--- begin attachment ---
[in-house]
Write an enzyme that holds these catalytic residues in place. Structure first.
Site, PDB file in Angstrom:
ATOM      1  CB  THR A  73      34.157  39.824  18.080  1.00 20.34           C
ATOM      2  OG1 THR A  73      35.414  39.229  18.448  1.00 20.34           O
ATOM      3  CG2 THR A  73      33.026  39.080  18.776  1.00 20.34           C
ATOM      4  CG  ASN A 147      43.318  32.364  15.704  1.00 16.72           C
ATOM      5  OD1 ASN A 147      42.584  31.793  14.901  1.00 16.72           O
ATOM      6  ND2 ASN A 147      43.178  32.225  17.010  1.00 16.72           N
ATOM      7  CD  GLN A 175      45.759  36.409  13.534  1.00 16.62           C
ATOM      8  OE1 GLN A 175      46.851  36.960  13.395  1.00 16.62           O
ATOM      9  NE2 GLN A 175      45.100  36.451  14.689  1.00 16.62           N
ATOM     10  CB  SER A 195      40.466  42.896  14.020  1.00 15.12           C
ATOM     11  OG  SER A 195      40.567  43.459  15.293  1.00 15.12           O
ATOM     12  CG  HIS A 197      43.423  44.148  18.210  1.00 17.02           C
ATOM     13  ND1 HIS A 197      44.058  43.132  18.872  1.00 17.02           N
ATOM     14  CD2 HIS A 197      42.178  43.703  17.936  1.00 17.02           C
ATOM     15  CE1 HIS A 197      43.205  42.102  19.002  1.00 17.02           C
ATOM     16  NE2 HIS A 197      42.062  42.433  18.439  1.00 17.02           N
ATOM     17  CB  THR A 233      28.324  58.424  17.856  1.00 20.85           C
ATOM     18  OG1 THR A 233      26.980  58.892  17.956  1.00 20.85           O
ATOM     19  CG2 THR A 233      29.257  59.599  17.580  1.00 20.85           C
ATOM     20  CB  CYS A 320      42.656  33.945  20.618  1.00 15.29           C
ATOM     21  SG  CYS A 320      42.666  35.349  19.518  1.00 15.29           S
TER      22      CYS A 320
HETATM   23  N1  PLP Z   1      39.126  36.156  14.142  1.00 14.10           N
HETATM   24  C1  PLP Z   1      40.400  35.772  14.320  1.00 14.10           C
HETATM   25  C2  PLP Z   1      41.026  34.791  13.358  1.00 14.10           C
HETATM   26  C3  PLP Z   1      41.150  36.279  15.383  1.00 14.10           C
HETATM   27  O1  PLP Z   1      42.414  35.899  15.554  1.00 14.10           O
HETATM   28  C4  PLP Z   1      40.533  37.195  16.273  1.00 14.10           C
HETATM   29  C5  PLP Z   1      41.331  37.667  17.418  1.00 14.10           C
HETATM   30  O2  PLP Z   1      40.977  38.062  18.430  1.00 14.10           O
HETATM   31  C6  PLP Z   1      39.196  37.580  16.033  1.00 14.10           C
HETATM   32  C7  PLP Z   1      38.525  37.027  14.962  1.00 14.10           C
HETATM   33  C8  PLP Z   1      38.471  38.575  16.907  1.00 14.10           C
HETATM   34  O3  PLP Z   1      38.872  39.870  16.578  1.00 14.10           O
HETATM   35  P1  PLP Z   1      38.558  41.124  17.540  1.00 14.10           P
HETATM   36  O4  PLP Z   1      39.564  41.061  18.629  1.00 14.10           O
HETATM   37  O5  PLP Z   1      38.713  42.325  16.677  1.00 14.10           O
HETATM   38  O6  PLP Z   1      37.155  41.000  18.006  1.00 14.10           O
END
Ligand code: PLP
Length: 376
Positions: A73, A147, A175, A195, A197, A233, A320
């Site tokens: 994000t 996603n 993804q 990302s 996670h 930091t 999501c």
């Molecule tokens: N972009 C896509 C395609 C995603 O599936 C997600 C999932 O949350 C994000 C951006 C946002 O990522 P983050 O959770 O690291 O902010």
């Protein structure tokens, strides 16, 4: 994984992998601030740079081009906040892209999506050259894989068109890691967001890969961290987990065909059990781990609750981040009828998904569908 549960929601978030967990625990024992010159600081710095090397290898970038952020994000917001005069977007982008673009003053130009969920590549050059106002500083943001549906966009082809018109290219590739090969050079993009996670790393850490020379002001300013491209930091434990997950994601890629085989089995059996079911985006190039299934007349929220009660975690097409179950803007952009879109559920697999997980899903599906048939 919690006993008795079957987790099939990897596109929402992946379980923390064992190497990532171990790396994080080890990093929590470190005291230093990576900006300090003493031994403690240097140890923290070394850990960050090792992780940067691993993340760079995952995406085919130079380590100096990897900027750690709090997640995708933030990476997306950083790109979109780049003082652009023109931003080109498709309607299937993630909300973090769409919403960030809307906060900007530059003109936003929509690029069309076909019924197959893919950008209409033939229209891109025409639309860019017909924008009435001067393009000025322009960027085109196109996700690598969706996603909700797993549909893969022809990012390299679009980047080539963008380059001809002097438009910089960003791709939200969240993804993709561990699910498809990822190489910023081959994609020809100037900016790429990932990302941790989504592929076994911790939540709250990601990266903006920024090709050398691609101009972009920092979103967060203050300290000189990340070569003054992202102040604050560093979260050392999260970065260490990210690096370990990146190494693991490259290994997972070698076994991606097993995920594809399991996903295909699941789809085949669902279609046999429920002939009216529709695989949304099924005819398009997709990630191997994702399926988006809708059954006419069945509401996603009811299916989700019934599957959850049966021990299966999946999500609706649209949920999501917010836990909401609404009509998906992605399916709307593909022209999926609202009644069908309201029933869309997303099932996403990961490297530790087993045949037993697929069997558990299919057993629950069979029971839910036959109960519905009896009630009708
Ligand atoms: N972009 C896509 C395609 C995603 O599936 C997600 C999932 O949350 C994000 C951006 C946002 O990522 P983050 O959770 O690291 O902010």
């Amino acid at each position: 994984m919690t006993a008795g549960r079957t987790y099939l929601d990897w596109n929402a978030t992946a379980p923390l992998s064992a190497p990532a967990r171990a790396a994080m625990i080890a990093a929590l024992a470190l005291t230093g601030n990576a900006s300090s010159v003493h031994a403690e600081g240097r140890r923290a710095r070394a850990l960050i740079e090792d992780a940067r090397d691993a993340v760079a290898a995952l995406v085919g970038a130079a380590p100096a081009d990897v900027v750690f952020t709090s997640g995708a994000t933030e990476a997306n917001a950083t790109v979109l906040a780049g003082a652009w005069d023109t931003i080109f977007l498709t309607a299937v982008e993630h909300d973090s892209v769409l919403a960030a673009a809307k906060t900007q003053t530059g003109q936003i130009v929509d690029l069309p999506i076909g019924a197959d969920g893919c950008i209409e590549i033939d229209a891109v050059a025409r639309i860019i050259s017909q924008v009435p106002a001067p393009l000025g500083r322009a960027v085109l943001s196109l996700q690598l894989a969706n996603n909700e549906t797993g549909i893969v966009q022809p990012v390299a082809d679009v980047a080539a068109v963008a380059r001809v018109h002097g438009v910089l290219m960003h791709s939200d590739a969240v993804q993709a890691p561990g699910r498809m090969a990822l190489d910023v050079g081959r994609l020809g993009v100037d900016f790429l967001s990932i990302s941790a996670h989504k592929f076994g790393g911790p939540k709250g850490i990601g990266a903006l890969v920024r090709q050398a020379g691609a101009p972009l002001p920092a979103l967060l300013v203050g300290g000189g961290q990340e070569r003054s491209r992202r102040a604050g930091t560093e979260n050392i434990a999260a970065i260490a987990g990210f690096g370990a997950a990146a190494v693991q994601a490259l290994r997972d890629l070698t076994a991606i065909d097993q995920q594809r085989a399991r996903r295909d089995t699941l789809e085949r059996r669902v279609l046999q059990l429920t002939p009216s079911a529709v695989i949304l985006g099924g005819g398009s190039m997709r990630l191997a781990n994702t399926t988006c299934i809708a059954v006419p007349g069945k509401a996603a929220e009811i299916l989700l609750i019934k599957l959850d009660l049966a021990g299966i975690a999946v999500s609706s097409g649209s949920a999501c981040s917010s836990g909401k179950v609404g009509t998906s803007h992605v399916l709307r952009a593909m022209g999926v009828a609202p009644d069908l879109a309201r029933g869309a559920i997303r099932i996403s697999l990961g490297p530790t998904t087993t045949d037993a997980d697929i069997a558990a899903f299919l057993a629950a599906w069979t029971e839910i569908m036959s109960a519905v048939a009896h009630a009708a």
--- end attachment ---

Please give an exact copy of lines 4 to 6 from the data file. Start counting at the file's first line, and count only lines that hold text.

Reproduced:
ATOM      1  CB  THR A  73      34.157  39.824  18.080  1.00 20.34           C
ATOM      2  OG1 THR A  73      35.414  39.229  18.448  1.00 20.34           O
ATOM      3  CG2 THR A  73      33.026  39.080  18.776  1.00 20.34           C